Book Review: Drums, Girls and Dangerous Pie by Jordan Sonnenblick

drums-girls-dangerous-pieDrums, Girls + Dangerous Pie
Jordan Sonnenblick
Scholastic, Inc., May 2014
ISBN 978-0-545-72286-5
Trade Paperback

Inexplicably unique, Steven’s story sucked me in, seeped into my soul and stole my heart.  Mr. Sonnenblick aptly captures and conveys the perplexities of a 13-year-old boy—the obvious, an abundant use of “like” in his dialogue, but also the subtle, self-sacrificing inner voice rarely credited to teens.  This outwardly awkward adolescent is more than a pounding prodigy on a drum kit and all-around funny guy; he’s an older brother.

Even at a blush, he is kind, tolerant and indulgent with the feisty five-year-old boy who gleefully dismisses his elder sibling’s ‘rules’.  When said spunky boy slips from the kitchen stool and is rushed to the emergency room, Steven simply sighs, “So Jeffrey was getting me in trouble again, as usual.”  How could he know then, that the tumble terminated ‘as usual’?   Steven’s little brother has cancer.

A terrifyingly tough topic, tackled brilliantly.  Financial strain, even with good insurance and steady income; parents putting life on hold, sick siblings sent away for safety….but also….life goes on.  That struggle seems insurmountable yet it’s unavoidable.  A viscous diagnosis, grim parade of prodding and poking, a family flung in different directions would wreak havoc on anyone; the impact it has on a teen is unimaginable.


Was unimaginable. Not now.  Mr. Sonnenblick wrote this book in 12 short weeks.  It wasn’t planned, hadn’t stewed somewhere in his head for years.  It was impulsive and imperative.  While teaching 8th grade, he discovered that one of his students was going through something even more challenging than middle school.  Her younger sibling had cancer.  Needing to help and knowing that a good book could; he searched for just the right one to share; did not find it.  There was no choice.  He wrote it.  And it is everything. All of the best things, defiantly in spite of almost-the-worst-thing, Steven and Jeffrey’s should be shared.

Reviewed by jv poore, June 2016.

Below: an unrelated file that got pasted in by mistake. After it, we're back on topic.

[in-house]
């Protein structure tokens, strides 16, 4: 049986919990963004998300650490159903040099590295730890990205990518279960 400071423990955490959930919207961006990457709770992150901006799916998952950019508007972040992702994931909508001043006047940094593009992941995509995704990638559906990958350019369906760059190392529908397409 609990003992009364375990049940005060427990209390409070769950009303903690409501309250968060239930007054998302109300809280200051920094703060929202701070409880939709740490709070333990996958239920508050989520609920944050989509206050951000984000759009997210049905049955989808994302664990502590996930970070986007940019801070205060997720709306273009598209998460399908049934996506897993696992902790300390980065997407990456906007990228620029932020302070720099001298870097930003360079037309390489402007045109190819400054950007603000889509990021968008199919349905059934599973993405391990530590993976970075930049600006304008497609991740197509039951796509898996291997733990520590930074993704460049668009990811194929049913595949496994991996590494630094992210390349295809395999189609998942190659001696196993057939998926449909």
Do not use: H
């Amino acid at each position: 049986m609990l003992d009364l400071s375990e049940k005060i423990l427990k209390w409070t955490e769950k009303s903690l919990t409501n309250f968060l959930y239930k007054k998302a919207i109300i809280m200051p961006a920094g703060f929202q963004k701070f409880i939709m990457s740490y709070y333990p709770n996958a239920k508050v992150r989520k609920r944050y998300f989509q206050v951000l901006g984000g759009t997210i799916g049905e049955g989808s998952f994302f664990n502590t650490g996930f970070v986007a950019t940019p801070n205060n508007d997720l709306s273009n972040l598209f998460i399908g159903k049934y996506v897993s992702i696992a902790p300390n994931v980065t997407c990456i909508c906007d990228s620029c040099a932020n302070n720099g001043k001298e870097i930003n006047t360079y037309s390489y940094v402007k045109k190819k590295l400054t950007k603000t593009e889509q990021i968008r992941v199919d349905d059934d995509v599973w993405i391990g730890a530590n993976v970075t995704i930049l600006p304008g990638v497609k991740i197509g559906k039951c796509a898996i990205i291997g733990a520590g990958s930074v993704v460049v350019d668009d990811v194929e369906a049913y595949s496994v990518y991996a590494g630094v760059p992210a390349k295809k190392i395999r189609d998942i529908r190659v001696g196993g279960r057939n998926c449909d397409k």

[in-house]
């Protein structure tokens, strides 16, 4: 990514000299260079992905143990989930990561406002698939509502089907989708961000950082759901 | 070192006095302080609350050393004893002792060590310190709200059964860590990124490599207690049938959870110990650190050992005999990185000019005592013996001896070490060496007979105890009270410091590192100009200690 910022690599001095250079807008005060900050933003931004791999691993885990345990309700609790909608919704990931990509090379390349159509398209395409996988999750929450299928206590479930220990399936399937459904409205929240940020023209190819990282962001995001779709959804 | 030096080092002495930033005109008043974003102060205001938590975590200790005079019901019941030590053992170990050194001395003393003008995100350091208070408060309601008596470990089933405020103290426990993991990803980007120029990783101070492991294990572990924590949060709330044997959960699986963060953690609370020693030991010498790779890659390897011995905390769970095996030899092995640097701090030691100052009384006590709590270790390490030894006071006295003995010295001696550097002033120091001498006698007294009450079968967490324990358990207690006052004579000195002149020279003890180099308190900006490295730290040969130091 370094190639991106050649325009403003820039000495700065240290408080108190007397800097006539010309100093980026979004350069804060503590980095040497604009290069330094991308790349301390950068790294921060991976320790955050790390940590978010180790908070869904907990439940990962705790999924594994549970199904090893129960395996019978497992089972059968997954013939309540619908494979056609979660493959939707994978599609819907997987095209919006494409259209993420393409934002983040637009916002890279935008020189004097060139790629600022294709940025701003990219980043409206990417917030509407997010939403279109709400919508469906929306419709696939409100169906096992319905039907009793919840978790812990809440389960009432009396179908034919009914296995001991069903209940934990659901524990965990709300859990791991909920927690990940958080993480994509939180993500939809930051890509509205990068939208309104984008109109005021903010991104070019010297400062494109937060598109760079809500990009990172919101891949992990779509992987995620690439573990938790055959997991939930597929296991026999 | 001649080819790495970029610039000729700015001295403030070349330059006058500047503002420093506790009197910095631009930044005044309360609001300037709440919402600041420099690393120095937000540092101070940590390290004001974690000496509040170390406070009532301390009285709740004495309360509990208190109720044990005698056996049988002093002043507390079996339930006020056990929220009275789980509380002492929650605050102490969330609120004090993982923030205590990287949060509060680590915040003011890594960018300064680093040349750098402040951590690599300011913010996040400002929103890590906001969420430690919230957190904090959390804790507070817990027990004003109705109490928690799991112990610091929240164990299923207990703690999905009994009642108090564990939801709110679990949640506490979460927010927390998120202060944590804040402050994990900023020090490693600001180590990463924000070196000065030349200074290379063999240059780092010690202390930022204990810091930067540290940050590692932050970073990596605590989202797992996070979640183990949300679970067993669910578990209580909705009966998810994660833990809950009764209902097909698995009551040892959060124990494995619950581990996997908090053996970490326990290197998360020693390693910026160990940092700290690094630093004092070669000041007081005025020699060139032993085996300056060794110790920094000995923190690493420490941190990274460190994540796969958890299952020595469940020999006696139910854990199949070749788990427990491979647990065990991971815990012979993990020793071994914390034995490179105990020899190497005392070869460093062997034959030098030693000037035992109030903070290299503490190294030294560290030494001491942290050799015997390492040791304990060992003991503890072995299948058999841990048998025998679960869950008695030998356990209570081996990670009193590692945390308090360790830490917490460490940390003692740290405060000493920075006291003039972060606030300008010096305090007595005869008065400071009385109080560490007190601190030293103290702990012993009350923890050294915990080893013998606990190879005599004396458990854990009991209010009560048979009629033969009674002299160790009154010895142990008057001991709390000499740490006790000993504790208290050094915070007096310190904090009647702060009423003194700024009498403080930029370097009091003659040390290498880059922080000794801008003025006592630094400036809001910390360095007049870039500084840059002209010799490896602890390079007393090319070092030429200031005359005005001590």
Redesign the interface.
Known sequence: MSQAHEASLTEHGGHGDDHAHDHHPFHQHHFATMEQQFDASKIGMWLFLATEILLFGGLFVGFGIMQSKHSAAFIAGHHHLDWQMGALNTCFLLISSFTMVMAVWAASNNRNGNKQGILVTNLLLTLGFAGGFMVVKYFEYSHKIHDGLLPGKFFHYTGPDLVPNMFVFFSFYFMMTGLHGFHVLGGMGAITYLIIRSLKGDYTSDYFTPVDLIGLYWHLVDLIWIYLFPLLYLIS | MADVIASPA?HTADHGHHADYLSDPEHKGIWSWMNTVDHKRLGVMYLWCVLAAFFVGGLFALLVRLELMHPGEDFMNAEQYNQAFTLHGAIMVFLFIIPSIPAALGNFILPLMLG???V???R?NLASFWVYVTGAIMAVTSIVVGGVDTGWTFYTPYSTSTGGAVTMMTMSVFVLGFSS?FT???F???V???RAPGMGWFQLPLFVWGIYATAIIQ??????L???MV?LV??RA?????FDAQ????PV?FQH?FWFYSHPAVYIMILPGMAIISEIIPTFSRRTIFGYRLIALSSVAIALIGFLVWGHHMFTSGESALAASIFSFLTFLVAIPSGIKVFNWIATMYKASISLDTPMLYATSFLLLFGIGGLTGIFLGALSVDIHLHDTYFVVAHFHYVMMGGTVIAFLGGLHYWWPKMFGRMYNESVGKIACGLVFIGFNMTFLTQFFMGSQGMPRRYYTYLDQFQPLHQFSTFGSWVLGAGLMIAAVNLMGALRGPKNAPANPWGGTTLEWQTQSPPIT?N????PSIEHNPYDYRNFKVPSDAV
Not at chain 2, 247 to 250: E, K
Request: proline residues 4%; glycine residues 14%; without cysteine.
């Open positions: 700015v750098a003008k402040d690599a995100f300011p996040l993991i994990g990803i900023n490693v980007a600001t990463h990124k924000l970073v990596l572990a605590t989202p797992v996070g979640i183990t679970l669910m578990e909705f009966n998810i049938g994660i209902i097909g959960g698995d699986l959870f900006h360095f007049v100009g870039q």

Book Review: Spirit Animals: Hunted by Maggie Stiefvater

Spirit Animals HuntedSpirit Animals
Book 2: Hunted
Maggie Stiefvater
Scholastic, Inc., January 2014
ISBN 978-0-545-52244-1

The orphaned, scruffy, wise-cracking Rollan; the painted, oft expressionless warrior Meilin; and Conor, the shepherd boy, had been tossed together without a choice. The small group was wary, at best. Abeke, with her bizarre elephant hair bracelet; had been “tricked” into aligning with the power-hungry Conquerors, and was not a welcome addition to the trio.

The four youngsters had only one thing in common, but it was paramount. Having recently come of age, sipped the sweet Nectar Ninani, each bonded with, not just any spirit animal, but one of the Four Fallen. There is but one tiny task. To save the world.

The success of the mission hinges on the cohesiveness of the team. The multi-faceted concept of trust is brilliantly displayed as Abeke must earn the trust of the group; Rollan must learn to trust, and Meilin must choose whether to trust her spirit animal or her own intuition.

This action-packed, mystery-filled adventure is completely captivating with colorful characters and carefully hidden life lessons. Ms. Stiefvater’s delightful descriptions of the determinedly cheerful Lord of Glengavin paints the picture of a red-bearded giant whole-heartedly, enthusiastically and unabashedly, displaying his wide range of emotions from toddler-like temper tantrums to giddy joy.

Hope springs eternal as feisty Dawson, young sibling of the horrible Devin, craftily displays whose side he is truly on. His abrupt, almost apologetic, kindness is endearing and serves to soften the utter rottenness of his fellow Conquerors.

The mysterious, heavily tattooed Finn is the honey on this November-Cake of a novel. The burden of scouting for the quarreling new Greencloaks doesn’t seem to rattle him. He patiently teaches them how to code; sending messages by pigeon. Gradually and quietly, his story is revealed. Subtle mentoring moments threaded throughout the adventure tie perfectly together at the story’s end.

Of course the last sentence isn’t true. The author is Maggie Stiefvater. And Spirit Animals is a series. As Hunted answers some questions, many mysteries remain unsolved, new quandaries have appeared and…..well, let’s just say the reader will be ecstatic to know that Blood Ties (Spirit Animals #3) is available.